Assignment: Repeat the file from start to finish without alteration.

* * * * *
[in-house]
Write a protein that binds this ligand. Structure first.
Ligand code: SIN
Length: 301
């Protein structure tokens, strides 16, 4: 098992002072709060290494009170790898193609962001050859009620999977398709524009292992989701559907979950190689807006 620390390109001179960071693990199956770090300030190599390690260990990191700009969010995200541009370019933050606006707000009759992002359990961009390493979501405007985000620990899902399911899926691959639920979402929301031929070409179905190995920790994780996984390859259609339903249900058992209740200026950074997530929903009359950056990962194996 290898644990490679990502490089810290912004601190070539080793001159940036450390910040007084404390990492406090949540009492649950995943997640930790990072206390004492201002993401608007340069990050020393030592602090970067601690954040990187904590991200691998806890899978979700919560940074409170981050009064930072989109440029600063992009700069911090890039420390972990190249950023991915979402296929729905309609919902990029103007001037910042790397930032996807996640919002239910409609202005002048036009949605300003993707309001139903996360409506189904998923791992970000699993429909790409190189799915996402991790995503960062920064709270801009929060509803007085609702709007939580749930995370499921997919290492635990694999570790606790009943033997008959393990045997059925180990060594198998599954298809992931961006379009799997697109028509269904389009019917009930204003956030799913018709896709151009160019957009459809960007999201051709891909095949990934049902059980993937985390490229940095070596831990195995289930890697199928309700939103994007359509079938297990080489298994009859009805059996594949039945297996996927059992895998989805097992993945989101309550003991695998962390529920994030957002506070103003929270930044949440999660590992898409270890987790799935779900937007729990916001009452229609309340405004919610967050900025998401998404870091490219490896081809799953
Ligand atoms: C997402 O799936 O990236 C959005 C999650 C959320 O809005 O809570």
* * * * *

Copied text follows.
[in-house]
Write a protein that binds this ligand. Structure first.
Ligand code: SIN
Length: 301
């Protein structure tokens, strides 16, 4: 098992002072709060290494009170790898193609962001050859009620999977398709524009292992989701559907979950190689807006 620390390109001179960071693990199956770090300030190599390690260990990191700009969010995200541009370019933050606006707000009759992002359990961009390493979501405007985000620990899902399911899926691959639920979402929301031929070409179905190995920790994780996984390859259609339903249900058992209740200026950074997530929903009359950056990962194996 290898644990490679990502490089810290912004601190070539080793001159940036450390910040007084404390990492406090949540009492649950995943997640930790990072206390004492201002993401608007340069990050020393030592602090970067601690954040990187904590991200691998806890899978979700919560940074409170981050009064930072989109440029600063992009700069911090890039420390972990190249950023991915979402296929729905309609919902990029103007001037910042790397930032996807996640919002239910409609202005002048036009949605300003993707309001139903996360409506189904998923791992970000699993429909790409190189799915996402991790995503960062920064709270801009929060509803007085609702709007939580749930995370499921997919290492635990694999570790606790009943033997008959393990045997059925180990060594198998599954298809992931961006379009799997697109028509269904389009019917009930204003956030799913018709896709151009160019957009459809960007999201051709891909095949990934049902059980993937985390490229940095070596831990195995289930890697199928309700939103994007359509079938297990080489298994009859009805059996594949039945297996996927059992895998989805097992993945989101309550003991695998962390529920994030957002506070103003929270930044949440999660590992898409270890987790799935779900937007729990916001009452229609309340405004919610967050900025998401998404870091490219490896081809799953
Ligand atoms: C997402 O799936 O990236 C959005 C999650 C959320 O809005 O809570």